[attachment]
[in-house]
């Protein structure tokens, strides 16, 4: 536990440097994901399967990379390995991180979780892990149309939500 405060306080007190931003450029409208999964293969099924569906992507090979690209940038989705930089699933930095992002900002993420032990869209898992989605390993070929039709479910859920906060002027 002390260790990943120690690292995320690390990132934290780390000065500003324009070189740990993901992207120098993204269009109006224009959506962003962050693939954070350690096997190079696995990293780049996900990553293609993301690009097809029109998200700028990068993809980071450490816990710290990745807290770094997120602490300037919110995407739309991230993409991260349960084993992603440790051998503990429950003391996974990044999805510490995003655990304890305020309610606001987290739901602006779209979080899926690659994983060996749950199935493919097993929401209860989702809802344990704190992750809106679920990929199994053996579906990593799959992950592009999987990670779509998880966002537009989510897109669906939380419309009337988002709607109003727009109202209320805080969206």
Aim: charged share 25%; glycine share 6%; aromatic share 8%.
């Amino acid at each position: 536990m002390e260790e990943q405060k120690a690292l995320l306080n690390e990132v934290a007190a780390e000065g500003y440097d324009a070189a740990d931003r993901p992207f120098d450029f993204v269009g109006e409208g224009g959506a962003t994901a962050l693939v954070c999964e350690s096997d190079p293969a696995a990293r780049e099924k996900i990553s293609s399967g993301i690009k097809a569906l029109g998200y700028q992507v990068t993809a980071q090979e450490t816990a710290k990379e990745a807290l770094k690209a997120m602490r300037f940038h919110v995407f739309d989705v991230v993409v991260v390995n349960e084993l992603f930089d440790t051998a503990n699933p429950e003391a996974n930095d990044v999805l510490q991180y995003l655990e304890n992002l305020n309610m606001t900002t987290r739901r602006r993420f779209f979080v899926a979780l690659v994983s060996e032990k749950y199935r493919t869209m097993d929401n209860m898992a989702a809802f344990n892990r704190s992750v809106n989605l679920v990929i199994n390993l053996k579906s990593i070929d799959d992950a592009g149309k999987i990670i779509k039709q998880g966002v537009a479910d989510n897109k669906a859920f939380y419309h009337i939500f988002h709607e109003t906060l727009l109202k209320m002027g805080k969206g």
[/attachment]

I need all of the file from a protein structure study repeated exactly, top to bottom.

[in-house]
């Protein structure tokens, strides 16, 4: 536990440097994901399967990379390995991180979780892990149309939500 405060306080007190931003450029409208999964293969099924569906992507090979690209940038989705930089699933930095992002900002993420032990869209898992989605390993070929039709479910859920906060002027 002390260790990943120690690292995320690390990132934290780390000065500003324009070189740990993901992207120098993204269009109006224009959506962003962050693939954070350690096997190079696995990293780049996900990553293609993301690009097809029109998200700028990068993809980071450490816990710290990745807290770094997120602490300037919110995407739309991230993409991260349960084993992603440790051998503990429950003391996974990044999805510490995003655990304890305020309610606001987290739901602006779209979080899926690659994983060996749950199935493919097993929401209860989702809802344990704190992750809106679920990929199994053996579906990593799959992950592009999987990670779509998880966002537009989510897109669906939380419309009337988002709607109003727009109202209320805080969206």
Aim: charged share 25%; glycine share 6%; aromatic share 8%.
């Amino acid at each position: 536990m002390e260790e990943q405060k120690a690292l995320l306080n690390e990132v934290a007190a780390e000065g500003y440097d324009a070189a740990d931003r993901p992207f120098d450029f993204v269009g109006e409208g224009g959506a962003t994901a962050l693939v954070c999964e350690s096997d190079p293969a696995a990293r780049e099924k996900i990553s293609s399967g993301i690009k097809a569906l029109g998200y700028q992507v990068t993809a980071q090979e450490t816990a710290k990379e990745a807290l770094k690209a997120m602490r300037f940038h919110v995407f739309d989705v991230v993409v991260v390995n349960e084993l992603f930089d440790t051998a503990n699933p429950e003391a996974n930095d990044v999805l510490q991180y995003l655990e304890n992002l305020n309610m606001t900002t987290r739901r602006r993420f779209f979080v899926a979780l690659v994983s060996e032990k749950y199935r493919t869209m097993d929401n209860m898992a989702a809802f344990n892990r704190s992750v809106n989605l679920v990929i199994n390993l053996k579906s990593i070929d799959d992950a592009g149309k999987i990670i779509k039709q998880g966002v537009a479910d989510n897109k669906a859920f939380y419309h009337i939500f988002h709607e109003t906060l727009l109202k209320m002027g805080k969206g």